A subset of Greek Discourse => New Feature: Discourse Datasets and Visual Filters (Dataset) is enabled to show emphasis (bold with visual filter adding orange wavy line below) and background (grey with visual filter adding grey line below)

  • Focus Main Clause
  • Emphasis (Main Clause Other)
  • Emphasis (Subordinate Clause)
  • Nominative Circumstantial Frame
  • Genitive Circumstantial Frame
  • Dative Circumstantial Frame

Thanks for this discussion so changed my Discourse Analysis Background style to remove grey line above so could see singular line clearly:

Philippians 2:5 also has both singular (this, which, Christ) and plural (have, attitude, yourselves). FYI: have has the plural indicator while attitude does not in the NASB 95 Reverse Interlinear alignment of one Greek verb to translated English words.

Keep Smiling Smile

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David A Egolf | Forum Activity | Replied: Fri, Mar 10 2017 2:09 PM

I really like this idea!  I will implement some form of it this weekend.

While we have the possibility for some language experts to add to this discussion, I would like to raise a question:  While plurality is evident in the written forms of the original languages, would it have been evident to those who were hearing the words being read?

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Rich DeRuiter | Forum Activity | Replied: Fri, Mar 10 2017 5:07 PM

David A Egolf:
While we have the possibility for some language experts to add to this discussion, I would like to raise a question:  While plurality is evident in the written forms of the original languages, would it have been evident to those who were hearing the words being read?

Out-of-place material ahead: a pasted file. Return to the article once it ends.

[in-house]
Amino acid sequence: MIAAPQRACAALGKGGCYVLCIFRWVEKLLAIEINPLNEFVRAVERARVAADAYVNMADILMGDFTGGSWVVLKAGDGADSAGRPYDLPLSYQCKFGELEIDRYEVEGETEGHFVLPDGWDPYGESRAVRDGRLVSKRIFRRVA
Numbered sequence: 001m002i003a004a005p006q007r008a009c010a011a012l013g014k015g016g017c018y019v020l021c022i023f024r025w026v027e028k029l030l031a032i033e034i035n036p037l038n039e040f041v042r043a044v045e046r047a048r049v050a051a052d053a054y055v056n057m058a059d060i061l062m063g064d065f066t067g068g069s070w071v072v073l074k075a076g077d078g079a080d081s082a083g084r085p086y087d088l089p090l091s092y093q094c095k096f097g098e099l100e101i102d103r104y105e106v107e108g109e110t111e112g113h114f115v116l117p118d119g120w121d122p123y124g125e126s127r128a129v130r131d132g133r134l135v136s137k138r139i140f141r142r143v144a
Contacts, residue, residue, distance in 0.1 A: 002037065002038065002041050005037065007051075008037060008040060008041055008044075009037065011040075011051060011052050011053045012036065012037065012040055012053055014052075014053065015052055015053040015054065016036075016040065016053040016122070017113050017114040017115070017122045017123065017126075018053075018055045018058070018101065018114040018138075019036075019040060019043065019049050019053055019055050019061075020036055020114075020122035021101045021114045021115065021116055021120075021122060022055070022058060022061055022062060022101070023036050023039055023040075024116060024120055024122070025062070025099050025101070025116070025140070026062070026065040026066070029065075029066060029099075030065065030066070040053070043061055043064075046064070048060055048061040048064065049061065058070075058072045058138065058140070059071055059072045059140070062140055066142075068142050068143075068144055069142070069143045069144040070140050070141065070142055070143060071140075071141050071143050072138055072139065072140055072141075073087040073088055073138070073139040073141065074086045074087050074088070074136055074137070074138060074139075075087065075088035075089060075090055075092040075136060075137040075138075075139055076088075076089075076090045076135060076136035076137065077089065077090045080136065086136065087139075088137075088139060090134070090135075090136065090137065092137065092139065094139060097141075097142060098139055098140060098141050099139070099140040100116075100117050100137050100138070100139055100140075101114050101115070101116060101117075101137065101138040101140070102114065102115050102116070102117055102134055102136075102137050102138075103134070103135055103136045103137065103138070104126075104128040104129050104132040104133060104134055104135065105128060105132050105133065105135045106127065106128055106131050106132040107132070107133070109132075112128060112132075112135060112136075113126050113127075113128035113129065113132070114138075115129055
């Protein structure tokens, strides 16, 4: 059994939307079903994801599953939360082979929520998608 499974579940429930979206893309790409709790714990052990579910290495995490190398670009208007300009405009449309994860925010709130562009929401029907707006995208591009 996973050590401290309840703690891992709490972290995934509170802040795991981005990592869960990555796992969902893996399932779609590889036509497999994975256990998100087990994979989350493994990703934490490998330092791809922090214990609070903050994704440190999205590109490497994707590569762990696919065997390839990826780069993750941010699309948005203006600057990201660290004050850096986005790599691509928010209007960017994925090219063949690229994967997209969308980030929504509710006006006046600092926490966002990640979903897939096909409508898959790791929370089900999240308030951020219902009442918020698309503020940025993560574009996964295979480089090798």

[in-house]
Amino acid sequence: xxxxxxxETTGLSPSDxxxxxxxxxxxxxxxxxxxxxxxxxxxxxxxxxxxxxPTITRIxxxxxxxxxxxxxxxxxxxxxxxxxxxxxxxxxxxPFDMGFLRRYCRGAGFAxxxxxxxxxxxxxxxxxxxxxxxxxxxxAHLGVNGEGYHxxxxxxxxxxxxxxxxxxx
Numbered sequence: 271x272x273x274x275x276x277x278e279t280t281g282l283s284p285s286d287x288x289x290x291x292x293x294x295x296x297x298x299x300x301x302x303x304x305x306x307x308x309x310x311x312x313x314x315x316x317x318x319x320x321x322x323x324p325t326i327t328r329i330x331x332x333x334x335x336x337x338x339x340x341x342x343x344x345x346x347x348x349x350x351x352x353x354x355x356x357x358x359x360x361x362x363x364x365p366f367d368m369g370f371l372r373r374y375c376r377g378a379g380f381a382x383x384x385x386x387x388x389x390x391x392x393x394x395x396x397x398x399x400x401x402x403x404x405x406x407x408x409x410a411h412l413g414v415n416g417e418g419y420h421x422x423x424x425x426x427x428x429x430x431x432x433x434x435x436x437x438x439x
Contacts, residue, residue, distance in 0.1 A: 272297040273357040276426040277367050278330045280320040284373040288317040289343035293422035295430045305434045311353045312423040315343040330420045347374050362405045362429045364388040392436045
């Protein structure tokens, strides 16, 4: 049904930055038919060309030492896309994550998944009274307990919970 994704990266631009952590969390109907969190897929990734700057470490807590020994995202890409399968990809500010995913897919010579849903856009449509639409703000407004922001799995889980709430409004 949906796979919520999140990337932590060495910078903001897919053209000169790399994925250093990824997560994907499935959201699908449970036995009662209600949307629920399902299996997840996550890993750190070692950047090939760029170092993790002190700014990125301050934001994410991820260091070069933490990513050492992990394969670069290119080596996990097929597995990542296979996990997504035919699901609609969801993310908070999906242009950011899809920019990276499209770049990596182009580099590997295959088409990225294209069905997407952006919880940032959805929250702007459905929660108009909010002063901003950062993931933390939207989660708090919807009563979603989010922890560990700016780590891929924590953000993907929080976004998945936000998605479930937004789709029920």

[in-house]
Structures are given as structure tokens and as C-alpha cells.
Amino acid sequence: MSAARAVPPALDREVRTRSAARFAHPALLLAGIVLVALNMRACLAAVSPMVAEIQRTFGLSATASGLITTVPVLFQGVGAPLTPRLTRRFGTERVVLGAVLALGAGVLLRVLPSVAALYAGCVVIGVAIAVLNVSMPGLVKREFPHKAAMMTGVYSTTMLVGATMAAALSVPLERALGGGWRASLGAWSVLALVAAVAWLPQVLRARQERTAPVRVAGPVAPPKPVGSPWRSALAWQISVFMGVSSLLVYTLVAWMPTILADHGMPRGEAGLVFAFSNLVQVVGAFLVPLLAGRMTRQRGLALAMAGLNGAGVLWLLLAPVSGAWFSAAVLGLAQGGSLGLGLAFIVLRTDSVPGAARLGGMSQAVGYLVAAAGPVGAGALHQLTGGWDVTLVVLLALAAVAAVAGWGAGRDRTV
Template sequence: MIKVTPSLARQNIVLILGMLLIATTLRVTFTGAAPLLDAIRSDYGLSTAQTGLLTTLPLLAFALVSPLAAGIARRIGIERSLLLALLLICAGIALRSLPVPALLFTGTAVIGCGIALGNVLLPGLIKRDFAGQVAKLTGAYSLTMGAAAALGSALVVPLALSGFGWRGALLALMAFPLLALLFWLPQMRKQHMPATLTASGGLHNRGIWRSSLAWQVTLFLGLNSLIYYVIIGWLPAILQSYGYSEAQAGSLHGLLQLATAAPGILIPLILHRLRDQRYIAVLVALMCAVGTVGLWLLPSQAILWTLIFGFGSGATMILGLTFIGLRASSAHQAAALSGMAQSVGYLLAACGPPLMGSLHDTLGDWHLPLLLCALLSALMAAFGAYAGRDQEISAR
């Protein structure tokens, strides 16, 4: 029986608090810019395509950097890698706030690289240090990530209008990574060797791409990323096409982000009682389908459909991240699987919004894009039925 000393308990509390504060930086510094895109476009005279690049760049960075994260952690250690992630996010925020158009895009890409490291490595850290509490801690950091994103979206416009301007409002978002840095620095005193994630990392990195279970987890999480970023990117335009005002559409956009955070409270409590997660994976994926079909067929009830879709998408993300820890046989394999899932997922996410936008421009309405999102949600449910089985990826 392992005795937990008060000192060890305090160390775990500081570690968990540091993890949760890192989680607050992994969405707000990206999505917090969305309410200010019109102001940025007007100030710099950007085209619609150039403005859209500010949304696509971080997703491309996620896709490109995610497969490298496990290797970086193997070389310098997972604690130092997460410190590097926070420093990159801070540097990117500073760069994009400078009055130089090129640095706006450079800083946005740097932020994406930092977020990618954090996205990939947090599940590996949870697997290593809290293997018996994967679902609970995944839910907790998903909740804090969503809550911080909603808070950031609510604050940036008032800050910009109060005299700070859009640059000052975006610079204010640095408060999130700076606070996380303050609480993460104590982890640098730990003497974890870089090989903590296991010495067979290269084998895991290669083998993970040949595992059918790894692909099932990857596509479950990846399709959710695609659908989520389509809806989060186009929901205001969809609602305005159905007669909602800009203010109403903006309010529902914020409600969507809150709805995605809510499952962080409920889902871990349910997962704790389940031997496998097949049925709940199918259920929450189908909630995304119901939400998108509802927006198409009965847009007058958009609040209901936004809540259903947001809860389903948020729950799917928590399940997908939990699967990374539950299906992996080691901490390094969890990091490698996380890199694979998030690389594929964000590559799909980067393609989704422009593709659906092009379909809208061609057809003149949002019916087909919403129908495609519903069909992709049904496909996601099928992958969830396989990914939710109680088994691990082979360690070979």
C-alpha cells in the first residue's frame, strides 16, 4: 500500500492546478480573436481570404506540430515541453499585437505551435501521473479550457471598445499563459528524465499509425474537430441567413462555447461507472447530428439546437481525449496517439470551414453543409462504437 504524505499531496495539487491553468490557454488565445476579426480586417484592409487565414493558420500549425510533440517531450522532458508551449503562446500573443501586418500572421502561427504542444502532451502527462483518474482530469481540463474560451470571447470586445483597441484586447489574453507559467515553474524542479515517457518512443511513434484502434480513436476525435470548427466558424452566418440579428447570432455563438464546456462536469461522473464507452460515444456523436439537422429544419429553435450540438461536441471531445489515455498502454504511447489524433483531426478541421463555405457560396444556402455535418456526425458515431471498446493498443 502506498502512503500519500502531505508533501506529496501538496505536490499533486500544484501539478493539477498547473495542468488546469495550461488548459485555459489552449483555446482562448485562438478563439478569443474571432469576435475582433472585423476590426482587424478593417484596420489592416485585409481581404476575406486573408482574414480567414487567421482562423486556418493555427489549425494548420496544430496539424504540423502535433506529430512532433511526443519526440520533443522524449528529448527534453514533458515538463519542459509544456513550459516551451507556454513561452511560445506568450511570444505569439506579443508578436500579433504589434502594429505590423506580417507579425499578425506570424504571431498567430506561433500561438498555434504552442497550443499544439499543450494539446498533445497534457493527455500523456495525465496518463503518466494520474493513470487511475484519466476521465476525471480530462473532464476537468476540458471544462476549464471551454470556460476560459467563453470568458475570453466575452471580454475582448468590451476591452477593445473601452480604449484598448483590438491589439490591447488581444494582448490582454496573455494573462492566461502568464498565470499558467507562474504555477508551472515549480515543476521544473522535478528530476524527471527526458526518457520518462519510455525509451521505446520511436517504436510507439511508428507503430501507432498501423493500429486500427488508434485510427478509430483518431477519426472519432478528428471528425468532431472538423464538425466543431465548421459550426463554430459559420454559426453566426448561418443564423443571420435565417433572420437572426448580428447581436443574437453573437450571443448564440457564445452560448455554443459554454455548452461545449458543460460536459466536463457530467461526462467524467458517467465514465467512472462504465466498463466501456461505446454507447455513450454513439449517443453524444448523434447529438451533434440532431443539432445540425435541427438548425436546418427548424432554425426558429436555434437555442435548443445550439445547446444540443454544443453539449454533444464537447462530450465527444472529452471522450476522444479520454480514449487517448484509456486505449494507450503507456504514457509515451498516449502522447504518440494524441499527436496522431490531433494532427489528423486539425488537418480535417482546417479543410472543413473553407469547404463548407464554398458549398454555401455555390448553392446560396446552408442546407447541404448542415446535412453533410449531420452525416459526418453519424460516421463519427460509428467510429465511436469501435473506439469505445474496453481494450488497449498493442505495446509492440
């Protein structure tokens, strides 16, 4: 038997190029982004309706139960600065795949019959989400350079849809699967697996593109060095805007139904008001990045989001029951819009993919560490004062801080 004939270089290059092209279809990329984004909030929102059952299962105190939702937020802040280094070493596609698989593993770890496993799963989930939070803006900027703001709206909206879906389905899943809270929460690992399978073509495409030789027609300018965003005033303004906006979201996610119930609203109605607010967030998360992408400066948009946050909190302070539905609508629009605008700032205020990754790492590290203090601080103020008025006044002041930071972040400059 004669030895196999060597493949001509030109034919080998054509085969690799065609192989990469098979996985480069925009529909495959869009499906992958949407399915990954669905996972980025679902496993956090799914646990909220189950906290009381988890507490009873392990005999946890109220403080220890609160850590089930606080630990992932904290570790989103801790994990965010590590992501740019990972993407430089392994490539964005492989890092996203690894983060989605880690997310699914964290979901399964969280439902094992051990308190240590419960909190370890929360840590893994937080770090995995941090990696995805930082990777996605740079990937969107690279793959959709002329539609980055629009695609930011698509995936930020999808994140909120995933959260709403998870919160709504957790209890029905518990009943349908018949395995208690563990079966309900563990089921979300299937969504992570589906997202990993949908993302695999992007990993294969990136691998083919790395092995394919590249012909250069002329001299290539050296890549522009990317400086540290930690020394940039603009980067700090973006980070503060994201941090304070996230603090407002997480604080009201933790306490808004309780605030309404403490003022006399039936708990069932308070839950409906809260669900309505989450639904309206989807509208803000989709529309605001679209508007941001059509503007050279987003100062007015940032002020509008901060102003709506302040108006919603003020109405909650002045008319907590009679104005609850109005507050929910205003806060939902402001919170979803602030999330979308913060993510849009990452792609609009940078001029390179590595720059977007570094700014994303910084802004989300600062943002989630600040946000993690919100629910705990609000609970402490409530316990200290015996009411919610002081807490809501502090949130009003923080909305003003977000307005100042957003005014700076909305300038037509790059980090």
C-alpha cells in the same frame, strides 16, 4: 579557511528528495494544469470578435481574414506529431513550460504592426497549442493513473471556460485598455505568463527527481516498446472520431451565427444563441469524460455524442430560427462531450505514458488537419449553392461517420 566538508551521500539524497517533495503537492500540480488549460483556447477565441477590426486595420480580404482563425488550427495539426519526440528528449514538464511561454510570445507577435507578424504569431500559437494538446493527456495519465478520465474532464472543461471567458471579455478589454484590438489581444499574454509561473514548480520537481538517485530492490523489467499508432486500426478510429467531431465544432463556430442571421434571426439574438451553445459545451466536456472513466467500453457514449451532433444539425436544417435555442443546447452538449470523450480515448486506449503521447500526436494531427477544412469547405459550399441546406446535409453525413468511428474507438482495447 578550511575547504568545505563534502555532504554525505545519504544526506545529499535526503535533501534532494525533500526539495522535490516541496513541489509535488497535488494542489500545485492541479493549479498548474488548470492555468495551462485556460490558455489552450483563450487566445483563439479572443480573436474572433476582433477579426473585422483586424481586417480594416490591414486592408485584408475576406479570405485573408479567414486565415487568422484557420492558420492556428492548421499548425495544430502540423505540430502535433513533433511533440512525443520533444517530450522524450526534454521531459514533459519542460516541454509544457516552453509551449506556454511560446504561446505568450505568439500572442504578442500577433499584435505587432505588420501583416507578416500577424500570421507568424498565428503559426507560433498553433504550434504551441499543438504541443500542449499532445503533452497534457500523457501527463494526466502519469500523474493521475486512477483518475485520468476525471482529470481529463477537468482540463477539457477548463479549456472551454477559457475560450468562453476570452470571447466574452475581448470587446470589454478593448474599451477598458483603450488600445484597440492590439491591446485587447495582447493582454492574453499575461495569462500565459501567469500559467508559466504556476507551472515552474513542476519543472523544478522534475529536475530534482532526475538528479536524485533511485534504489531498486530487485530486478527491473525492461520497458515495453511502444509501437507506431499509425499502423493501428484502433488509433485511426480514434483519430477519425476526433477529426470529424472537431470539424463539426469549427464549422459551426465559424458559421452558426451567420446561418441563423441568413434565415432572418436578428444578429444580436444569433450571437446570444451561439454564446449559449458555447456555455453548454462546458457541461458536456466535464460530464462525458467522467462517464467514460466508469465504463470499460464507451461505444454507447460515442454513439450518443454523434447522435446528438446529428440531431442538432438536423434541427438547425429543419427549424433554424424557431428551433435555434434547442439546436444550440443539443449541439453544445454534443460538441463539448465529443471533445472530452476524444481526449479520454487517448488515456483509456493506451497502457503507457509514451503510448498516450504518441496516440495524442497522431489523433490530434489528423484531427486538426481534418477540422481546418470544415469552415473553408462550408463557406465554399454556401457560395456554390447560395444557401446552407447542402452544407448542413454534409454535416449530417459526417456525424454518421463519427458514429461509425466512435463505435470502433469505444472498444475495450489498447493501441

Yes!

In Spanish (a second language I get by in pretty well), the difference between the second person singular and second person plural is very obvious. The difference is easy to hear. Just as importantly, these languages make such a distinction because these cultures find the distinction important and they listen for it.

In both Hebrew and Greek the pronouns are different and distinct as well. Remember the written form was created after the spoken form.

 Help links: WIKI;  Logos 6 FAQ. (Phil. 2:14, NIV)

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Keep Smiling 4 Jesus :) | Forum Activity | Replied: Fri, Mar 10 2017 5:35 PM

Hebrew also has dual:

Keep Smiling Smile

Posts 112
Tim Finlay | Forum Activity | Replied: Tue, Mar 14 2017 12:09 PM

In Hebrew, there are 8 words for "you" based on combinations of singular/plural masculine/feminine and subject/object. It is possible to create a filter for all 8.

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Rich DeRuiter | Forum Activity | Replied: Tue, Mar 14 2017 2:19 PM

Tim Finlay:

In Hebrew, there are 8 words for "you" based on combinations of singular/plural masculine/feminine and subject/object. It is possible to create a filter for all 8.

The syntax above (for the filter) takes care of all of the above, as I understand how the syntax works.

 Help links: WIKI;  Logos 6 FAQ. (Phil. 2:14, NIV)

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PetahChristian | Forum Activity | Replied: Tue, Mar 14 2017 2:46 PM

Thanks for sharing this useful tip!